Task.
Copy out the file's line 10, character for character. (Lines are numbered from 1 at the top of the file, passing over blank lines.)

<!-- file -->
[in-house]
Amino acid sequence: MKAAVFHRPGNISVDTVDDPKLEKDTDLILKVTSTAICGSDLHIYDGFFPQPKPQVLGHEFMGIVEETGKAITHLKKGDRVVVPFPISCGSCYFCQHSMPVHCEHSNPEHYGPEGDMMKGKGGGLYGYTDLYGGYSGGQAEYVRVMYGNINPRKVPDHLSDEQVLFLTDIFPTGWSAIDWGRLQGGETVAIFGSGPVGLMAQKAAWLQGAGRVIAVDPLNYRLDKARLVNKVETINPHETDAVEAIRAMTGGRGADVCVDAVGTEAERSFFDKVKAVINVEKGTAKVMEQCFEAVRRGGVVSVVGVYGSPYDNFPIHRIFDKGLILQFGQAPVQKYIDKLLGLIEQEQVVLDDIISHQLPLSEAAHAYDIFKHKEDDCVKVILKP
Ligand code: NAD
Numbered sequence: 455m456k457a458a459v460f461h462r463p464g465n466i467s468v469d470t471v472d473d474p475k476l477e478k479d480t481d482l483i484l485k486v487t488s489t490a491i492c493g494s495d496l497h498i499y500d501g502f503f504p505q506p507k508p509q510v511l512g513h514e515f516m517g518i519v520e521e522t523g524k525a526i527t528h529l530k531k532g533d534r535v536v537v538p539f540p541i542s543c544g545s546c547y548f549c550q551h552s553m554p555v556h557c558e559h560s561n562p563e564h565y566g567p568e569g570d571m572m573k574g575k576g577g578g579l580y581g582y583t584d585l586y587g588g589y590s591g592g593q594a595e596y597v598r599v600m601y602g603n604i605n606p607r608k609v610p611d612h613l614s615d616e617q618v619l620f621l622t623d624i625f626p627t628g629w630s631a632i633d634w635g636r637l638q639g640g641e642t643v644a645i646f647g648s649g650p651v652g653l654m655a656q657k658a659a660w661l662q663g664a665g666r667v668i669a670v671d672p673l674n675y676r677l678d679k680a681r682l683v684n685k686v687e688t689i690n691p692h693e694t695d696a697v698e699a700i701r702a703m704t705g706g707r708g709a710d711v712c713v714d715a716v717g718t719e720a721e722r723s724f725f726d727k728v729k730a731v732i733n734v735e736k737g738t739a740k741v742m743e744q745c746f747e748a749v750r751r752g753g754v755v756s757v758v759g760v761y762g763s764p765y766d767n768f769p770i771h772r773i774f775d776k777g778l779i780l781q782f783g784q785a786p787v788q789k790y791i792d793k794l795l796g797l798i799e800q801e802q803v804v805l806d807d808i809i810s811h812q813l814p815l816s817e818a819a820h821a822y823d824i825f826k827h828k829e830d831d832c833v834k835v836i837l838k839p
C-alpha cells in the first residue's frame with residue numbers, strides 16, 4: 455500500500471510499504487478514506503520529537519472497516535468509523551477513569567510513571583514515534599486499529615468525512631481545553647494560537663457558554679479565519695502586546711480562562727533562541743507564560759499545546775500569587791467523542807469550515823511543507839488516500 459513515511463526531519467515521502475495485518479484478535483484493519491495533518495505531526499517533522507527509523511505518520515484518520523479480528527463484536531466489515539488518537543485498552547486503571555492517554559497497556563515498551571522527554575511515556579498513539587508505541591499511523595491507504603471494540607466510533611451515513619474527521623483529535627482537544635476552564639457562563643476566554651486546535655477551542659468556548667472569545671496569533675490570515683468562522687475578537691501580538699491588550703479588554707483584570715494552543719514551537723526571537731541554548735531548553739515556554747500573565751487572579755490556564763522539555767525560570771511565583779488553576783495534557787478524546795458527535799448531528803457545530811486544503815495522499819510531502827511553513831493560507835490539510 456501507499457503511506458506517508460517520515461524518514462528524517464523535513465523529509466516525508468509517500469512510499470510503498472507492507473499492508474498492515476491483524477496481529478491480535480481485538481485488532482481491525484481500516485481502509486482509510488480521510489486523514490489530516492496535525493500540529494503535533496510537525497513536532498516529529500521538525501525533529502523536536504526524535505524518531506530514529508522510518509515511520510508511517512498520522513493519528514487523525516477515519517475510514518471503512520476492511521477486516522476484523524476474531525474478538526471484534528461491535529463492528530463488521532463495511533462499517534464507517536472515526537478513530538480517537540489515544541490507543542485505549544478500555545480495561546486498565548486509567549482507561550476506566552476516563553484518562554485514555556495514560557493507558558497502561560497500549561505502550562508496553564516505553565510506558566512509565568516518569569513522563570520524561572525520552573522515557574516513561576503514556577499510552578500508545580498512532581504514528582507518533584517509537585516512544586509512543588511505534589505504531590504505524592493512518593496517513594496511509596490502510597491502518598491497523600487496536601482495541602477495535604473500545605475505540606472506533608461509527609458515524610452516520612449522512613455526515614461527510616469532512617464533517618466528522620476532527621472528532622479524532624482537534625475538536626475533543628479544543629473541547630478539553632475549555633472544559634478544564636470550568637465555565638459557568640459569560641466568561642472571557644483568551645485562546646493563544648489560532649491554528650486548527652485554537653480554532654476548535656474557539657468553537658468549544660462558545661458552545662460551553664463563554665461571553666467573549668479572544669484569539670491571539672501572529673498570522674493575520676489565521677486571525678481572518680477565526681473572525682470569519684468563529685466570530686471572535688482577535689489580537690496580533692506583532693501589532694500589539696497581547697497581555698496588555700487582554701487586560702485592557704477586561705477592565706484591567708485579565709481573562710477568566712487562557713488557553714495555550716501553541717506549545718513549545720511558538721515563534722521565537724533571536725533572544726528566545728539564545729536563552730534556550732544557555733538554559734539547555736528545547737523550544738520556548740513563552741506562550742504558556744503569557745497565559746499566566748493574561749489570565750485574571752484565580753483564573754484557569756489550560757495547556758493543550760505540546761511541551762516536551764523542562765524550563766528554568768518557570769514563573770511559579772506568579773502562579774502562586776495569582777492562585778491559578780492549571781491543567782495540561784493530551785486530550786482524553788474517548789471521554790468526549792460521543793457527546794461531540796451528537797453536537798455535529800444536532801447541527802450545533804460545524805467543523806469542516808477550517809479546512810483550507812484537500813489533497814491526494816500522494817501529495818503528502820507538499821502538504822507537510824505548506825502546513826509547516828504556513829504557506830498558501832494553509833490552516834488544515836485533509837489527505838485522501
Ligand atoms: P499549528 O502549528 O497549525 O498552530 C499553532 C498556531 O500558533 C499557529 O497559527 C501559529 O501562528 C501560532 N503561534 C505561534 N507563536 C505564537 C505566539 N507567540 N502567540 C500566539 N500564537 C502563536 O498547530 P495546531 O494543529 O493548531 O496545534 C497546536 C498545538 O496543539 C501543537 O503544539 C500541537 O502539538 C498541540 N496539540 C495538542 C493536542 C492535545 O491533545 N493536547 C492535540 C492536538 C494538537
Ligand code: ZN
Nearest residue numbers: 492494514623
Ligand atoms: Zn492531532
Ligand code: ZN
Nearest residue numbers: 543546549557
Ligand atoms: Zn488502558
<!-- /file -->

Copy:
Ligand code: ZN